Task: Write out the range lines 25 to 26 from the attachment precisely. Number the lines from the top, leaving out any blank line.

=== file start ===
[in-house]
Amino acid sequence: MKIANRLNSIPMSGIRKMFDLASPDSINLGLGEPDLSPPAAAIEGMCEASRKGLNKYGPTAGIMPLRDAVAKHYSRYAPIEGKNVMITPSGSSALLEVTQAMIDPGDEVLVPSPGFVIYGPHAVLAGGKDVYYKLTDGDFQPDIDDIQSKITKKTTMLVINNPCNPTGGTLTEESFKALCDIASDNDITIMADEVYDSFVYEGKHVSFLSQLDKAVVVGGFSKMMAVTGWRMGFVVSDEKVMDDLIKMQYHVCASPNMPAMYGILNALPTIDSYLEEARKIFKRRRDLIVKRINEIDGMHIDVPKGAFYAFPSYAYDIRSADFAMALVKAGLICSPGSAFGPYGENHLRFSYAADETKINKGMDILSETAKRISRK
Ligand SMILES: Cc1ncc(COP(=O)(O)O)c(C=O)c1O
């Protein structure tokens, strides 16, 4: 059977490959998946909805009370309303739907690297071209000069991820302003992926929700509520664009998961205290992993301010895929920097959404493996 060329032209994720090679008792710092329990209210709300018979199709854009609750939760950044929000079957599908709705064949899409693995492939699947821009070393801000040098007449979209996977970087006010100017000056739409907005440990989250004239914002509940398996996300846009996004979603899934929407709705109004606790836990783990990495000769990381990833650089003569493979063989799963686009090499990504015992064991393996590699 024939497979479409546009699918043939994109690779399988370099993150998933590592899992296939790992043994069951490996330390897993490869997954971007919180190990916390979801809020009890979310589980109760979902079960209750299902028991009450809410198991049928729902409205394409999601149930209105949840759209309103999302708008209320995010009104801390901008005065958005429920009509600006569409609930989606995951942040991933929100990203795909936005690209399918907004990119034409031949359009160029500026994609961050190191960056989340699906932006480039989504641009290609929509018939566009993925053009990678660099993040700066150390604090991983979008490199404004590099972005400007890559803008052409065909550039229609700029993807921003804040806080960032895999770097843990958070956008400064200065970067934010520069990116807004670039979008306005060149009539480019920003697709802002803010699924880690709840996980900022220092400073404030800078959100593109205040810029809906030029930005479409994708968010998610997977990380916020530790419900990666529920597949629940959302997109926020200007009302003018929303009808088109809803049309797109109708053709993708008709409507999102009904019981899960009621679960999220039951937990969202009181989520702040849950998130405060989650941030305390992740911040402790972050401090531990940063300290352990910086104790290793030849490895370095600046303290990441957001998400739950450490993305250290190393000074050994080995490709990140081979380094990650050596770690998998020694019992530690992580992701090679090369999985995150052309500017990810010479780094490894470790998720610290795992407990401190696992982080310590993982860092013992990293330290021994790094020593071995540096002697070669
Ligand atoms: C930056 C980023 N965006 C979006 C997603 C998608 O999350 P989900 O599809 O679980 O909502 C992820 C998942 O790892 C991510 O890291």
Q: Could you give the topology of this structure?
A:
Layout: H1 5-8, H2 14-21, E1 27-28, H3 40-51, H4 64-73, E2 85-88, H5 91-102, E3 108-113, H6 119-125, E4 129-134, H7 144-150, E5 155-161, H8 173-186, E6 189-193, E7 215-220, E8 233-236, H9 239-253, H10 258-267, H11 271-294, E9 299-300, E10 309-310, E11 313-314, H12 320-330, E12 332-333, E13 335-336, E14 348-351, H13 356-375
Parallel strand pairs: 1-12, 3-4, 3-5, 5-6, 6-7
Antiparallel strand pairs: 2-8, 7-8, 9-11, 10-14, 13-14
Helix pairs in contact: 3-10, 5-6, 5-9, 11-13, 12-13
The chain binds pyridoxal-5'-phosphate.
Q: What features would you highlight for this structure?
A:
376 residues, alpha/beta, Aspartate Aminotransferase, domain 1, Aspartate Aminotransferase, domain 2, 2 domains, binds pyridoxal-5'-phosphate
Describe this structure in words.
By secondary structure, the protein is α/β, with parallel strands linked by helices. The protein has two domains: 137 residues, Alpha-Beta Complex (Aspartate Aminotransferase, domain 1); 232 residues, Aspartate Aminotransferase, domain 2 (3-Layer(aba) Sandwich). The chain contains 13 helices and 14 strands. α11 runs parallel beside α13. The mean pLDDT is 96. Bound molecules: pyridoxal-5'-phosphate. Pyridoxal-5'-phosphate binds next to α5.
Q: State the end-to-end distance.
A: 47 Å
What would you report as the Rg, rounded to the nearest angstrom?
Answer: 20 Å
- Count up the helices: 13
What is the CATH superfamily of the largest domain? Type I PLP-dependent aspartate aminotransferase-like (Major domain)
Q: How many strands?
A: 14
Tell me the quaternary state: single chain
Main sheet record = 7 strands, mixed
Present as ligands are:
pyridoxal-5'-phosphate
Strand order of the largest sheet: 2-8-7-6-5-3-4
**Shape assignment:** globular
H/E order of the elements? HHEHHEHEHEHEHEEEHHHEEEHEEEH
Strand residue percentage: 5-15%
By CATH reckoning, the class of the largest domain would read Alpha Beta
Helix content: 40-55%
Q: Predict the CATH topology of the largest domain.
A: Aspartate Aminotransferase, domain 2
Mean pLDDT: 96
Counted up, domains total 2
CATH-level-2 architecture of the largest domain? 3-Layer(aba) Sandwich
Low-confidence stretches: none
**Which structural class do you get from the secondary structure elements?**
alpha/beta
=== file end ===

A: 14
Tell me the quaternary state: single chain